We’re looking forward to opening our school doors again in September and to welcoming students from around the world to IH London once more. Although many students enjoy coming to London in the summer months, we think that autumn and winter are in many ways the best time to visit the city, so are doubly excited to be welcoming students back then! So, what’s so great about the colder months in London?
It’s not really that cold
Although you will hear the Brits talk A LOT about the weather, particularly if it’s a little on the cold side (see our 20 quirky British winter phrases blog post for more on this) London’s climate is quite mild and can be visited easily at any time of year. Average temperature in London in the winter is between 4 – 9°C, and it’s nothing the winter British fashion can’t handle. Just bring a warm coat or buy one while you’re here.
The city sparkles
Christmas lights adorn London’s streets from November, especially in famous Oxford Street, Regent Street and Covent Garden (our school is in Covent Garden!). London also has spectacular fireworks displays for Bonfire Night (05 November) and New Year celebrations.
Magical winter markets
Winter markets spring up all around the city, with food stalls, music, warm drinks (mulled wine, a warm spiced wine is very popular but there are also delicious hot chocolates and Christmas coffees to try), fairground rides, and craft stalls to buy unique gifts.
Ice skate outside famous locations (like you’re in a movie)
Ice skating beside famous landmarks is a feature of winter in London and only available in the colder months. Ice skate next to Somerset House, the Natural History Museum, Hampton Court Palace, the Tower of London, Hyde Park, and Canary Wharf.
So much culture: museums, art galleries and theatres
There are 230 professional theatres in London, over 200 museums and 1,500 art galleries – so many indoor cultural places to visit. Most National museums and art galleries in the UK are free, and only ask for an optional donation.
Within a short walk of IH London, you’ll find famous West End theatres, the Royal Opera House (home to the Royal Ballet, as well as the Royal Opera), the British Museum (voted one of the top ten museums in the world by National Geographic) and The National Gallery (the story of European art, masterpiece by masterpiece).
The traditional Sunday roast
There are so many cosy retreats in the capital, with an absolutely huge selection of cafés, pubs and restaurants. London is a melting pot of people from all over the world, so you can get any cuisine you like, but the traditional winter British food to try is a Sunday roast.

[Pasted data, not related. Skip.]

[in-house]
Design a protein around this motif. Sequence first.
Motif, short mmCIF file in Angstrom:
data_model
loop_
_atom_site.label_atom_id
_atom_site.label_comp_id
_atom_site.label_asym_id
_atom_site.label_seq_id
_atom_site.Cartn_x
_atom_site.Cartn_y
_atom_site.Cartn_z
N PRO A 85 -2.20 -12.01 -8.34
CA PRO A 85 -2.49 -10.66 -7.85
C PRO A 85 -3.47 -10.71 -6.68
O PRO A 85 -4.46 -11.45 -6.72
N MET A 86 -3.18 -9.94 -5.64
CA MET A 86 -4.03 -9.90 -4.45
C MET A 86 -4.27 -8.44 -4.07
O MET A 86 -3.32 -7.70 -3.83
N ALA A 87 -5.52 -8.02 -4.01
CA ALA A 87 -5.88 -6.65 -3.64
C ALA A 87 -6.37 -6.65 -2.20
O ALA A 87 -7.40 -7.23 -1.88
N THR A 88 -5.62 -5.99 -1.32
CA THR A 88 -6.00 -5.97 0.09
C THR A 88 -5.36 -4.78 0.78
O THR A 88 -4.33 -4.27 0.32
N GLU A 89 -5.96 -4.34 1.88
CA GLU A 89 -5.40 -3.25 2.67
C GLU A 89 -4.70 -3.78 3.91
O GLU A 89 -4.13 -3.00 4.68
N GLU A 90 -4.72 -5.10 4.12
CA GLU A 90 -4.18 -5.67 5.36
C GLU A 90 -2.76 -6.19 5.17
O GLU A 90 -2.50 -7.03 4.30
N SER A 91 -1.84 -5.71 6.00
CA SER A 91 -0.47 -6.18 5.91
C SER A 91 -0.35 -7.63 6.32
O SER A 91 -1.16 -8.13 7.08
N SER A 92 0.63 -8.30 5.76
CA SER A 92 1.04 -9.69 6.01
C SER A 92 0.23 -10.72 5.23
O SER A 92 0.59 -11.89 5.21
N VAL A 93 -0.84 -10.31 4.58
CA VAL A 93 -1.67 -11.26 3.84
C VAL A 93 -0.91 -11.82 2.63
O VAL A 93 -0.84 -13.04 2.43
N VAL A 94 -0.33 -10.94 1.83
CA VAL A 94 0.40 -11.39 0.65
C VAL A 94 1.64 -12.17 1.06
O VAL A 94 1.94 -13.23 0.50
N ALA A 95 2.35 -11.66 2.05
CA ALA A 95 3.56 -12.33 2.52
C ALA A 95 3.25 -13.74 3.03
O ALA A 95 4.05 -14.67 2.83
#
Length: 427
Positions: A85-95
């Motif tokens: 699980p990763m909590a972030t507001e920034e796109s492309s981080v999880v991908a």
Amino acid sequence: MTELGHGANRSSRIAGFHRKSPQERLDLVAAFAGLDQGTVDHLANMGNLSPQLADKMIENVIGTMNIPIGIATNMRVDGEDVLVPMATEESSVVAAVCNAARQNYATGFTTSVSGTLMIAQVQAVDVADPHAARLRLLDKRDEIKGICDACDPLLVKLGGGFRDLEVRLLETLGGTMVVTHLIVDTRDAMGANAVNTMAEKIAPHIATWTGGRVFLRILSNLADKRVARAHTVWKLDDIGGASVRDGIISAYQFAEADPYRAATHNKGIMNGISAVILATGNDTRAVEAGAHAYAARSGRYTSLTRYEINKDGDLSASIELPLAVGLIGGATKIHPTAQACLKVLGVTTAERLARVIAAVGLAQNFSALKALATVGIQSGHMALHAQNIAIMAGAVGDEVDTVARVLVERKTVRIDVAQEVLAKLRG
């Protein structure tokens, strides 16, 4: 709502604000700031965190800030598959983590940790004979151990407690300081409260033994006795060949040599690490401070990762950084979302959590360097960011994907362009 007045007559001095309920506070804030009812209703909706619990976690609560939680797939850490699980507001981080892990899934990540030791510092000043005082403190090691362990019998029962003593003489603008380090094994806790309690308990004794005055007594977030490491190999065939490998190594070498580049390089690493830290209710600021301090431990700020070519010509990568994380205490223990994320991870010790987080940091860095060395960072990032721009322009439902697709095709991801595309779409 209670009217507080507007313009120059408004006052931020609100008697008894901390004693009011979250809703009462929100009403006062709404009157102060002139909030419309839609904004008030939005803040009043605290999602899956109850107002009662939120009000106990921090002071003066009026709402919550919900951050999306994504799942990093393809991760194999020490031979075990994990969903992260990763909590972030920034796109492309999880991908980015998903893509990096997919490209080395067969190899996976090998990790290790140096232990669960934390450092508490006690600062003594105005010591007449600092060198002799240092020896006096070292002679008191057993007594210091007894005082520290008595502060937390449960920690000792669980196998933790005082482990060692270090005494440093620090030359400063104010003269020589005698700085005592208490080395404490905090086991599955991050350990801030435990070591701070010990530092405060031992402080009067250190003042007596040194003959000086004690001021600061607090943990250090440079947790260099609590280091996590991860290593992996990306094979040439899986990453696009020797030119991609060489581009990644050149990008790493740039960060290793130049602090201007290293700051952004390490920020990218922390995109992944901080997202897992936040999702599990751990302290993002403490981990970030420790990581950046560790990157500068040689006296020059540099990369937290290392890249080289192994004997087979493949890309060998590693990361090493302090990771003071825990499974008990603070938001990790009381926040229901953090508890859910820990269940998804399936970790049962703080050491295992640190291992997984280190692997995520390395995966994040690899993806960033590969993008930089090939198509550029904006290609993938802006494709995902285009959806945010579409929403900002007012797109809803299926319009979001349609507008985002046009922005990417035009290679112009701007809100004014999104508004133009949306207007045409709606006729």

The Sunday Roast is roasted meat (usually beef, lamb, or turkey) or a vegetarian option (usually a dish called a nut roast), served with roast potatoes, Yorkshire pudding (savoury dish made from batter), vegetables such as carrots, parsnips, and brussels sprouts (all usually also roasted!) and gravy. Served in historical pubs with big arm chairs and log fires – you will be very full after one of these!
London attractions without the summer queues
All of London’s famous attractions and experiences are open all year: London Eye, Madame Tussauds, Tower of London, view from The Shard, Kensington Palace, London Dungeons, changing of the guards at Buckingham Palace and more – London doesn’t stop for winter! Visit in the quieter winter months for shorter queues, so you can fit more into your trip.
Shopping for gifts (for others and for you)
There are thousands of shops in London, from high-end luxury labels to high street brands – and they all have their flagship stores in London. There are also many boutique independent stores, as well as legendary markets such as Camden Lock Market, Borough Market and Portobello Road Market.
If you are here in January, you can experience the legendary New Year sales on Oxford Street – be prepared for that winter activity to be crowded!
Special London winter events
Bonfire Night is celebrated across the UK on the 5th of November and London as the capital puts on a spectacular display
London Jazz Festival takes place across the city, usually in November in both big concert halls and small intimate venues.
Christmas at the Royal Botanical Gardens is a mile-long trail through the famous botanic gardens, lit up with more than 1 million lights.
Winter Wonderland in Hyde Park features ice skating, fairground rides, Christmas market and shows.
Southbank Centre Wintertime Festival sees the art centre transform into a winter wonderland on the banks of the river Thames.